Joseph Jarvis MD
Salt Lake City, Utah
July 9, 2020
Years ago I cared for a patient on a mental health ward who threw a rock through a fire department window intentionally hoping that he would be noticed and arrested. Why? He had a history of schizophrenia but couldn’t get the care he needed as an outpatient. He could feel himself falling into an acute psychotic state, but did not have needed mental health services, because of underfunding. But he knew that the police had the funding to respond to a broken window and arrest him, which would bring him into jail, out of the cold, and eventually to the attention of psychiatric inpatient services at the expense of the criminal justice system. I have cared for patients with diabetes, hypertension, and other chronic health disorders who likewise sought arrest and detention in order to get the health care they could not afford or arrange outside of jail.
I’ve thought of these former patients as I’ve heard the calls to ‘defund the police’. It’s worth asking why it is that the taxpayers of the United States seem willing to fund needed care for prisoners that law abiding citizens can’t seem to afford. Surely we would all be better off if we were to ensure that every American had the health care services that would support active pursuit of life, liberty, and happiness through success in our economy and in society, rather than paying for health care only after the criminal system first ‘enrolls’ the patient. I am all in favor of ‘defunding the police’ if what that means is that we repurpose tax funds currently spent for the ineffective police response to chronic illness, addiction, substance abuse, and mental health problems, and instead use those funds to beef up our public health services which actually can reduce the impact of these problems in society.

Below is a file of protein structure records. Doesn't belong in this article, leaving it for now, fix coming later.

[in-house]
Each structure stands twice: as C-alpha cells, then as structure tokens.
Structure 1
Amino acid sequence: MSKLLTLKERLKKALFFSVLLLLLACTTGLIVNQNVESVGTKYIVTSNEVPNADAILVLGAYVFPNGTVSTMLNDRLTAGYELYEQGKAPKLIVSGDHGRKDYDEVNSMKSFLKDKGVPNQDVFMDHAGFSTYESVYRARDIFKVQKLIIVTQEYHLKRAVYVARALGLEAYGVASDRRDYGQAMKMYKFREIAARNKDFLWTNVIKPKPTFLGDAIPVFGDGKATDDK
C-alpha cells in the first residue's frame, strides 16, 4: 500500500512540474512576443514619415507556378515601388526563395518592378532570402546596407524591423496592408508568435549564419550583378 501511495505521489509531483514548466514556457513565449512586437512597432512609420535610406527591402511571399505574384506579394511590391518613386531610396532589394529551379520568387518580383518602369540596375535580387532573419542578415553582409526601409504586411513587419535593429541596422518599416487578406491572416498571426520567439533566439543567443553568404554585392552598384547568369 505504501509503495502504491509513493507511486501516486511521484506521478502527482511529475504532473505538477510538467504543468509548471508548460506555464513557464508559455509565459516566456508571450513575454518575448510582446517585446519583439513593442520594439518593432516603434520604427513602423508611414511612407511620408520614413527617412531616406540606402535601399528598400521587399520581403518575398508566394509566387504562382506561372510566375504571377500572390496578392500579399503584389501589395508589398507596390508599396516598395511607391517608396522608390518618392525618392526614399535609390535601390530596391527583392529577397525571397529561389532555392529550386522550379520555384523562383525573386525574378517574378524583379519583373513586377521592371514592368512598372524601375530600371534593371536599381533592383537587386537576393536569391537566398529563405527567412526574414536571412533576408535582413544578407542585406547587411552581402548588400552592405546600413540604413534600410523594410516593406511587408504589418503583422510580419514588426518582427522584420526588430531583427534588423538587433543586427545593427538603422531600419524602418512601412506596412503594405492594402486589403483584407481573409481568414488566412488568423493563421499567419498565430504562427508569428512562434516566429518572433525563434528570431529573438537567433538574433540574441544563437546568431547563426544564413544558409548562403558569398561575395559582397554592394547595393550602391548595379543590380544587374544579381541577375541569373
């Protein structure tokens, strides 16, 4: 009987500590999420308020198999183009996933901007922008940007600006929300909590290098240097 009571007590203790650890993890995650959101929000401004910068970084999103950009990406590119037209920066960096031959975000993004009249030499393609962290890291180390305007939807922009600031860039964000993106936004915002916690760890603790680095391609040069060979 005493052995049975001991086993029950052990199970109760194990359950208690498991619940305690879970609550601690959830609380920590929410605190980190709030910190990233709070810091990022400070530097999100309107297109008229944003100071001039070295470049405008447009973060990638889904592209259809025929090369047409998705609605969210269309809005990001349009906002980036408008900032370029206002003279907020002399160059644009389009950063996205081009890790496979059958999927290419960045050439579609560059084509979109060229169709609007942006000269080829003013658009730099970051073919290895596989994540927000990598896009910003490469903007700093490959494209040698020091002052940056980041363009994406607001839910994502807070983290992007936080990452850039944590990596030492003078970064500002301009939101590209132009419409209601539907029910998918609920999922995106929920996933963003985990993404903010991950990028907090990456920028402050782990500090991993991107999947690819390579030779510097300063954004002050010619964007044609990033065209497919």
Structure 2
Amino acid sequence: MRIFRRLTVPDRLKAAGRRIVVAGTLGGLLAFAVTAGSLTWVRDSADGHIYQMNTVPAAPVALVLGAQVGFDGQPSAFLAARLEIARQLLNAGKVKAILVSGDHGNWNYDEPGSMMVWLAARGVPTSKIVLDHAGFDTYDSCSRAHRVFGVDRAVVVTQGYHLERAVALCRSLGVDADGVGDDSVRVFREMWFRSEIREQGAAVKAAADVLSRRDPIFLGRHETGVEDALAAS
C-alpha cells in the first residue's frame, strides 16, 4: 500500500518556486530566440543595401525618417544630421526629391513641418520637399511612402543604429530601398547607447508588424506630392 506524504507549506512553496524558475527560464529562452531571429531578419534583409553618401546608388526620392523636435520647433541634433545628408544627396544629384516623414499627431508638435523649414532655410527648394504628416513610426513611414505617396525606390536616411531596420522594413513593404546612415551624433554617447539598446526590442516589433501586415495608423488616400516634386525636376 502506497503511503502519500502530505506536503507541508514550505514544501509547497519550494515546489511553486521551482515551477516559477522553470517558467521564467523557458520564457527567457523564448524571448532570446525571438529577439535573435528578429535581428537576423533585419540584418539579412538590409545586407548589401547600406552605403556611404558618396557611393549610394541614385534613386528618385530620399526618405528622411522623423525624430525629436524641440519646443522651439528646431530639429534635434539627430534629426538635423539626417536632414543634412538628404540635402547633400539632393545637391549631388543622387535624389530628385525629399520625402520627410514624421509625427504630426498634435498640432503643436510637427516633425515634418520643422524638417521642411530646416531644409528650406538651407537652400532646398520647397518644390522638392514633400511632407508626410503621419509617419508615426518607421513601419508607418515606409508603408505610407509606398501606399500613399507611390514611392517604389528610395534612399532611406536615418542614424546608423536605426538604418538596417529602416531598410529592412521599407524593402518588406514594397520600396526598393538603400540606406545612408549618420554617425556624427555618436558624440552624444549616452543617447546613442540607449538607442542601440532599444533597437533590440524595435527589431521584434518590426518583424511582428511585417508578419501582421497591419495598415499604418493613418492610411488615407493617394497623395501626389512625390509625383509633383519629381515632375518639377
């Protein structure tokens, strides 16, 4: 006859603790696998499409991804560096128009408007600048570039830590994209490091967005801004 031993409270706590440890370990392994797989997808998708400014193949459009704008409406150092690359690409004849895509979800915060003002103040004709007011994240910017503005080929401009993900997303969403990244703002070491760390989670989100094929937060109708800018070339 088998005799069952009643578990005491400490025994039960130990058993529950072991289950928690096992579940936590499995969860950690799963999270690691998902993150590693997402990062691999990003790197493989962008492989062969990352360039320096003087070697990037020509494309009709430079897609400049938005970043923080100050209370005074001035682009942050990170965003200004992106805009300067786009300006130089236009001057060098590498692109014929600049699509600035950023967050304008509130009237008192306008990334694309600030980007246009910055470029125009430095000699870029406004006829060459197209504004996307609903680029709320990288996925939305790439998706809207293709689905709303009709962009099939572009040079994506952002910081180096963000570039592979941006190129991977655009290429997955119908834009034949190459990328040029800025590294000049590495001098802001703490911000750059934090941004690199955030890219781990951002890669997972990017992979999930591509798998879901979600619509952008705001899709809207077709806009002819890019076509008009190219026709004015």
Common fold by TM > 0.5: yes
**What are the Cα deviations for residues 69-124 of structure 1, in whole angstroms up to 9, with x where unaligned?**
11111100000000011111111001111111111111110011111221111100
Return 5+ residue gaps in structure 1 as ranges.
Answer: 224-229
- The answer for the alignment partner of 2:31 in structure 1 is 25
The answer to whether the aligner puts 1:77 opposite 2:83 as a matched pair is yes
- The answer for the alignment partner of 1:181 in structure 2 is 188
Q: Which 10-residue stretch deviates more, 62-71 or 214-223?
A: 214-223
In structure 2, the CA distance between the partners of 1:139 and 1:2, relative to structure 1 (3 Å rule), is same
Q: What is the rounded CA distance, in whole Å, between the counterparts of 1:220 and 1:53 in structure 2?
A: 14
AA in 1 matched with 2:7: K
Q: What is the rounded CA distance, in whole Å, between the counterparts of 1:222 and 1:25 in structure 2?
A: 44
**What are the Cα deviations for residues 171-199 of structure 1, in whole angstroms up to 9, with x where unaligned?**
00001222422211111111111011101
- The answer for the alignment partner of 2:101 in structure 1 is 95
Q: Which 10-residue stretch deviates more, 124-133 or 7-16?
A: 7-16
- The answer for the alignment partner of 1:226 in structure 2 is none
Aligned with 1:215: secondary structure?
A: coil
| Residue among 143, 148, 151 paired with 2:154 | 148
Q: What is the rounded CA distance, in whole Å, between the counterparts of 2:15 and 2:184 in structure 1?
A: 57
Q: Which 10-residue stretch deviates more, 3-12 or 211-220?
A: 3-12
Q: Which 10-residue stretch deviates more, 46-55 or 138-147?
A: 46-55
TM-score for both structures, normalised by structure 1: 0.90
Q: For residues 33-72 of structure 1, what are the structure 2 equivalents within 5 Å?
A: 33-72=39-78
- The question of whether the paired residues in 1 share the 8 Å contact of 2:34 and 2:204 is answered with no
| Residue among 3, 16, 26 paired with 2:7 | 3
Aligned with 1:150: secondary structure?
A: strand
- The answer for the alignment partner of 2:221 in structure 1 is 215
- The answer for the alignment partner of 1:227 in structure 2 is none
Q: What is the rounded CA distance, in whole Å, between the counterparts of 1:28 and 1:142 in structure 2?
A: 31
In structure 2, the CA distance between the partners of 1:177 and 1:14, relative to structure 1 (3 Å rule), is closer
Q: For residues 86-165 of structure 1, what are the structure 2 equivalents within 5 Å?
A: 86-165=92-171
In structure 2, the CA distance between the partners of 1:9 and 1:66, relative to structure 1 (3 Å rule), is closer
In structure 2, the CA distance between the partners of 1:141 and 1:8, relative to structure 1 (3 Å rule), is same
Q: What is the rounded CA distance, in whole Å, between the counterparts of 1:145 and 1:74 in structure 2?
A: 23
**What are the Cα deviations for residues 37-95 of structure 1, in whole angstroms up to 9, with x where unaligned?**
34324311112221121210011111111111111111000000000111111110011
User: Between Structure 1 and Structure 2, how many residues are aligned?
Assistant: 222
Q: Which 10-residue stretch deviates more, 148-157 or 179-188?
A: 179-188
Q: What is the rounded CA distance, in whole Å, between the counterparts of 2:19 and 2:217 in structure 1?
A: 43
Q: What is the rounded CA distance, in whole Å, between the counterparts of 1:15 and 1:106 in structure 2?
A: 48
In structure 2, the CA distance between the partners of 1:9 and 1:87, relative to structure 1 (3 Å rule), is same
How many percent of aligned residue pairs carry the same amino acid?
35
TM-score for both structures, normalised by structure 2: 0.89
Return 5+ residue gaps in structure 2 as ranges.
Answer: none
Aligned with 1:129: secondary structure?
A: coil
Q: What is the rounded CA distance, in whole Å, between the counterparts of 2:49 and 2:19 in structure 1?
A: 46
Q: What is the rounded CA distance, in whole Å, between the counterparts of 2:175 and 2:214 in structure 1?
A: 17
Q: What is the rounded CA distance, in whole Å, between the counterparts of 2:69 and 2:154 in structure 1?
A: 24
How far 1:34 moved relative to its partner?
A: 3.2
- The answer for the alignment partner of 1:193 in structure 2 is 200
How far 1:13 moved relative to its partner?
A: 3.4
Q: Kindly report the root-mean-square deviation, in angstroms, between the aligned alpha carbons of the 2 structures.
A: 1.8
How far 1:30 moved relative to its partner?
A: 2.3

Truth be told, a health care system fashioned explicitly to organize and fund a doctor for every American family or household (and all the ancillary services family doctors know how to invoke for their patients) could be far less expensive, far less bureaucratic, and for more effective than the system we’ve allowed to metastasize from the initial nidus of for-profit, employer-based insurance. We subsidize this industry with $500 billion each year in tax credits even though it is the source of the exclusionary practices that leave Americans without needed health care services. Eliminating this industry would both reduce health system overhead by $600 billion per year and axe the aforementioned $500 billion per year tax credit subsidy.
What we in Utah could create instead is a non-profit health cooperative which would receive all current health care tax revenues (federal, state, and local), assume responsibility for funding all necessary health services for all Utah residents, and free us all from the onerous problems of business as usual in American health care, including massive numbers of patient injuries, poor quality care, personal bankruptcy due to injury or illness, and the use of police powers to treat chronic health conditions.
Let’s use this moment in the history of the American search for social justice to demand that Congress get the federal government out of the way of a state solution to our health system problems. Support only those Congressional candidates who endorse and will co-sponsor The State Based Universal Health Care Act.
Joseph Jarvis was born in Tucson, Arizona. He earned a bachelor’s degree in English from Brigham Young University in 1978 and a master’s degree in public health from the University of Utah in 1986. He also earned an MD in 1982. Jarvis’s career experience includes working at the University of Nevada School of Medicine and the National Jewish Center in Denver. He also served as a medical officer for OSHA and the Director of Medical Affairs and Special Programs in the Colorado Department of Public Health and Environment.